Release No.: 98-15
NEW AWARD ESTABLISHED FOR AMATEUR COMET HUNTERS
Cambridge, MA -- A new annual award, designed to encourage and promotecometary astronomy, will honor amateur astronomers who discover newcomets. The Edgar Wilson Award, named for a late Kentucky businessmanwith a love for the heavens, will provide as much as $20,000 annuallyto be distributed among eligible discoverers.
Every amateur discoverer of a comet whose name is officially assigned tothat comet by the International Astronomical Union (IAU) qualifies for aportion of the total prize money. Thus, the more comets that a personfinds during any year, the greater the portion of the prize money thathe or she will receive. Or, in the unlikely case that only one new cometis discovered by one person in an amateur capacity, then its recognizeddiscoverer will receive the year's entire award. In years when there areno eligible comet discoveries, the award will be made instead to theamateur astronomer or astronomers judged to have made the greatestcontribution toward promoting an interest in the study of comets. Theofficial "counting" for this year's award began at 8 p.m. Eastern DaylightTime on June 10, 1998 (midnight Greenwich Mean Time). The first awardwill be announced on or about July 1, 1999.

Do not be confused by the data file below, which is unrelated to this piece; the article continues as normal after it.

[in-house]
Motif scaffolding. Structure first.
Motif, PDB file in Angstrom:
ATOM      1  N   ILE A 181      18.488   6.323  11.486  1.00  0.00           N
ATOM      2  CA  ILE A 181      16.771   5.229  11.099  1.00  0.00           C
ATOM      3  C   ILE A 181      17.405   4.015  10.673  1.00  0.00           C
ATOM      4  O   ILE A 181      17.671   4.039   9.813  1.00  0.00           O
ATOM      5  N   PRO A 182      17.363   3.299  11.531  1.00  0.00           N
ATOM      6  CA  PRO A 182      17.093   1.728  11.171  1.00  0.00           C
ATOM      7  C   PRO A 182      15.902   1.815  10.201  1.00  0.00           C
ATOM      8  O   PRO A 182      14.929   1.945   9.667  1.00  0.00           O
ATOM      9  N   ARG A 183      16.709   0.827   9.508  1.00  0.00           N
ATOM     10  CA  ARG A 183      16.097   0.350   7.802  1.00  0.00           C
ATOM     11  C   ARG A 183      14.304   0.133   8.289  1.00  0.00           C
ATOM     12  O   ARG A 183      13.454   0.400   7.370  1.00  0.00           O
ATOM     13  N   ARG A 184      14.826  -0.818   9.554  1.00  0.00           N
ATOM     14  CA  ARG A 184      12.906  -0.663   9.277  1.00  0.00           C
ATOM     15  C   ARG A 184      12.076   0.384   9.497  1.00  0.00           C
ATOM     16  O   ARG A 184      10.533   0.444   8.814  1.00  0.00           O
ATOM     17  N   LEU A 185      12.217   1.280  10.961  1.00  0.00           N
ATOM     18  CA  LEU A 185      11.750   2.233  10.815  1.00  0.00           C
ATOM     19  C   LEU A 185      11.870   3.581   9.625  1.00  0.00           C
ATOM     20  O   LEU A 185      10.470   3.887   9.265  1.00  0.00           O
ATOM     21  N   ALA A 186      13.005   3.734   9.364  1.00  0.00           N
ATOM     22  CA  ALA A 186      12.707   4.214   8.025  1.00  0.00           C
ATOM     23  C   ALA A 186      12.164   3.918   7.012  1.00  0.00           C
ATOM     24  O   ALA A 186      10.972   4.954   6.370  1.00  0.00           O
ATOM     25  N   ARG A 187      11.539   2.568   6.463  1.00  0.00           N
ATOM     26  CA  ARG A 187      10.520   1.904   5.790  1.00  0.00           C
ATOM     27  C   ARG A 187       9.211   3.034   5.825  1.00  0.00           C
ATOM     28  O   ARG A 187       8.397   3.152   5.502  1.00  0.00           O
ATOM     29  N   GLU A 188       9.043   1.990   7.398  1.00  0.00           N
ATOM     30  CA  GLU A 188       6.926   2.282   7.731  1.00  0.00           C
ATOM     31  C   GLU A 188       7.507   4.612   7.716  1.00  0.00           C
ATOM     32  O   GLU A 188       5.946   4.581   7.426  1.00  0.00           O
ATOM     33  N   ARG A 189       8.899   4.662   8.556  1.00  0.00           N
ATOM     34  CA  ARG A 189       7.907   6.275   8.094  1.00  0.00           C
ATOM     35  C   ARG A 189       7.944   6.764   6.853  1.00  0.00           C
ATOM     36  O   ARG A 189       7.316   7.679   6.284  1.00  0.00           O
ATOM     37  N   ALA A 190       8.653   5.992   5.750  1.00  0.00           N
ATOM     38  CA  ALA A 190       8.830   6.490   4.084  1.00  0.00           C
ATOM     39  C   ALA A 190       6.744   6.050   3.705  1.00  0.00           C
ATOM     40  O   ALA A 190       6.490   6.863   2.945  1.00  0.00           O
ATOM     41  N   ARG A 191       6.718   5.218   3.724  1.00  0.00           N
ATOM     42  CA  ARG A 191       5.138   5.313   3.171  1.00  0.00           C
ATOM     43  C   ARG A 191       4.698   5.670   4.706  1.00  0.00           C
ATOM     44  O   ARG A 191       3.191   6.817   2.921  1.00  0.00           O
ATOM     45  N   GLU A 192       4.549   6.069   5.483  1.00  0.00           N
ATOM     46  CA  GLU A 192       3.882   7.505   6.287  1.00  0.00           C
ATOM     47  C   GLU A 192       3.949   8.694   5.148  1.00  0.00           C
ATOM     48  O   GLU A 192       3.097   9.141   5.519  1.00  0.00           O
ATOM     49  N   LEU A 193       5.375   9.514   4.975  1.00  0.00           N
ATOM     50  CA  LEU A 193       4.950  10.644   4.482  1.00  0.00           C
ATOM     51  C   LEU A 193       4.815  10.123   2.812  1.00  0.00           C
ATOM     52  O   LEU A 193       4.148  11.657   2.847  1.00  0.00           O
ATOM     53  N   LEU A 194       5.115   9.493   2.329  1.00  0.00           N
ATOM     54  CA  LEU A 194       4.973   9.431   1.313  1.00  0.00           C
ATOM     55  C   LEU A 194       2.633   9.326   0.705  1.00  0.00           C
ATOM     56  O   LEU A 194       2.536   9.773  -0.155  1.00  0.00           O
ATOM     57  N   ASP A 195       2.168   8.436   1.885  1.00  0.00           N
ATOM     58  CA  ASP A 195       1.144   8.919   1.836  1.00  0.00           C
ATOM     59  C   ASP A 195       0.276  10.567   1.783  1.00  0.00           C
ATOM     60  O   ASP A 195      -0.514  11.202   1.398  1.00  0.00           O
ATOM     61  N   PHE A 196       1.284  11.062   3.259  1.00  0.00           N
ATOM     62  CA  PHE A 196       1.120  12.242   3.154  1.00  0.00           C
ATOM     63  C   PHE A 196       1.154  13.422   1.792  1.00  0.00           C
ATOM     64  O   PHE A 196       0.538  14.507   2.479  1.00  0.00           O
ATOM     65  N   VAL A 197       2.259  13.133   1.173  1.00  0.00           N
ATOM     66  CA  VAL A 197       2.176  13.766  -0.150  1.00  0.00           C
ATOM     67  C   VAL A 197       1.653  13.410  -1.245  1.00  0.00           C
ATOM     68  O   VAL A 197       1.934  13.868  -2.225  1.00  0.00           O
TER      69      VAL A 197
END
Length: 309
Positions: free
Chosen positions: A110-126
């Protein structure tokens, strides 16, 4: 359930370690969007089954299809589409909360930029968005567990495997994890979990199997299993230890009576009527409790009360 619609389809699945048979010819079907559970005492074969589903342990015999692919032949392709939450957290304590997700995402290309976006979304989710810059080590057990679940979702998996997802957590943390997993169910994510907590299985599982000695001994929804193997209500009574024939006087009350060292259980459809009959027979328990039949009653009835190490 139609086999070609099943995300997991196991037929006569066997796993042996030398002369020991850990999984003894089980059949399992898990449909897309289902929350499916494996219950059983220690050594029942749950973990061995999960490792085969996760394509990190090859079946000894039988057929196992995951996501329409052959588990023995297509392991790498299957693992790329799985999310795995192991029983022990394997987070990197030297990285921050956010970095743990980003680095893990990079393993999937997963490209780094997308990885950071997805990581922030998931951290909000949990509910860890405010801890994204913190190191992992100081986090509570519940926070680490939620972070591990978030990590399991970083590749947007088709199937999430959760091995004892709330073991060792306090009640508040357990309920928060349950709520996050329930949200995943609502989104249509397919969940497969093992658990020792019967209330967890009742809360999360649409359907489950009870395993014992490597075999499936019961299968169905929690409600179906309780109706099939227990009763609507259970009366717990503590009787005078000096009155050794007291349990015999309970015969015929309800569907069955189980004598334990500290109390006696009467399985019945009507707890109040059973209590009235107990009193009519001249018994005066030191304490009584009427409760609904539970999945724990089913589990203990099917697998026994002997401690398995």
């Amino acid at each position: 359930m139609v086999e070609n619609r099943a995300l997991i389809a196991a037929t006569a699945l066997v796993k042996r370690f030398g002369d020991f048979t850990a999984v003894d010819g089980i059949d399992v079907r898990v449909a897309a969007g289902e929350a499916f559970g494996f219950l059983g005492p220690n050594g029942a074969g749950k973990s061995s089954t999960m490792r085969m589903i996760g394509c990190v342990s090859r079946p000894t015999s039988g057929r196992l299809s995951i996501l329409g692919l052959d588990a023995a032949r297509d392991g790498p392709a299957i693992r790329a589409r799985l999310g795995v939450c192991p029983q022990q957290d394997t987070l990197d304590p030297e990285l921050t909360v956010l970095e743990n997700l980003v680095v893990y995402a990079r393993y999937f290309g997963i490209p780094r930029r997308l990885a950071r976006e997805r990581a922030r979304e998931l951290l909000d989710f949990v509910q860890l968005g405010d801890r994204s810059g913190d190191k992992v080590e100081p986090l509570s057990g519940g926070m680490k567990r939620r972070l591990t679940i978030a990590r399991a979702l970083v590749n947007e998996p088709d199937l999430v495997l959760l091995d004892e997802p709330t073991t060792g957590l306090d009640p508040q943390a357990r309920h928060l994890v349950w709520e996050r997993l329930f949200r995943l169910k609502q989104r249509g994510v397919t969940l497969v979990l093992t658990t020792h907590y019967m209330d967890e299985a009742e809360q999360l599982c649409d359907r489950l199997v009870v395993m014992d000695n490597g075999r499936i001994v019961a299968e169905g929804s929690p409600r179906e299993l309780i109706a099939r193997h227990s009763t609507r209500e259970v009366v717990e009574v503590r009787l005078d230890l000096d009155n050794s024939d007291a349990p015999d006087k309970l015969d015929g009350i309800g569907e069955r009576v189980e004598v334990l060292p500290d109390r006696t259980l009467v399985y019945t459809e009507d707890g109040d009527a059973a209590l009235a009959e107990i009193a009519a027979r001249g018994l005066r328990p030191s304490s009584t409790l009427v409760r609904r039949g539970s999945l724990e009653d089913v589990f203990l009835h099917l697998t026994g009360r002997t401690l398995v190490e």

The award will be administered by the Smithsonian Astrophysical Observatorythrough the Central Bureau of Astronomical Telegrams (CBAT), which hasserved for 75 years as the clearinghouse for the announcement and namingof all new comets, and which is operated for the IAU at the SmithsonianInstitution's branch in Cambridge, Massachusetts.
An observer who finds a new comet must ensure, as has been the case fordecades, that his or her discovery report reaches the CBAT according tothe usual procedures, which are outlined on the World Wide Web athttp://www.cfa.harvard.edu/iau/CometDiscovery.html. Official announcementsof all comets and of the annual Award recipients are made via the IAUCirculars, available via subscription from the Smithsonian AstrophysicalObservatory, Mailstop 18, 60 Garden Street, Cambridge, MA 02138.
The Edgar Wilson Award is international in scope, open to citizens of everycountry. To be eligible for the award, an individual must demonstrate thathe or she is acting in an amateur capacity -- at least for the purpose ofdiscovering the comet -- and that only amateur, privately owned equipmentwas used for the discovery. Eligible discoveries may be made by visual,photographic or electronic means.
Edgar Wilson, a long-time resident of Lexington, Fayette County, Kentucky,was active in agricultural and other business interests. Upon his death in1976, a perpetual charitable trust was established that included provisionfor an annual award to honor persons who discover new comets. Mr. Wilsonwas interested in astronomy for many years, and his express purpose forestablishing the trust was to encourage an awareness of the subject. Mr.Wilson's brother, Oscar, died on June 10, 1993, and the Award was to beginfive years after that date.
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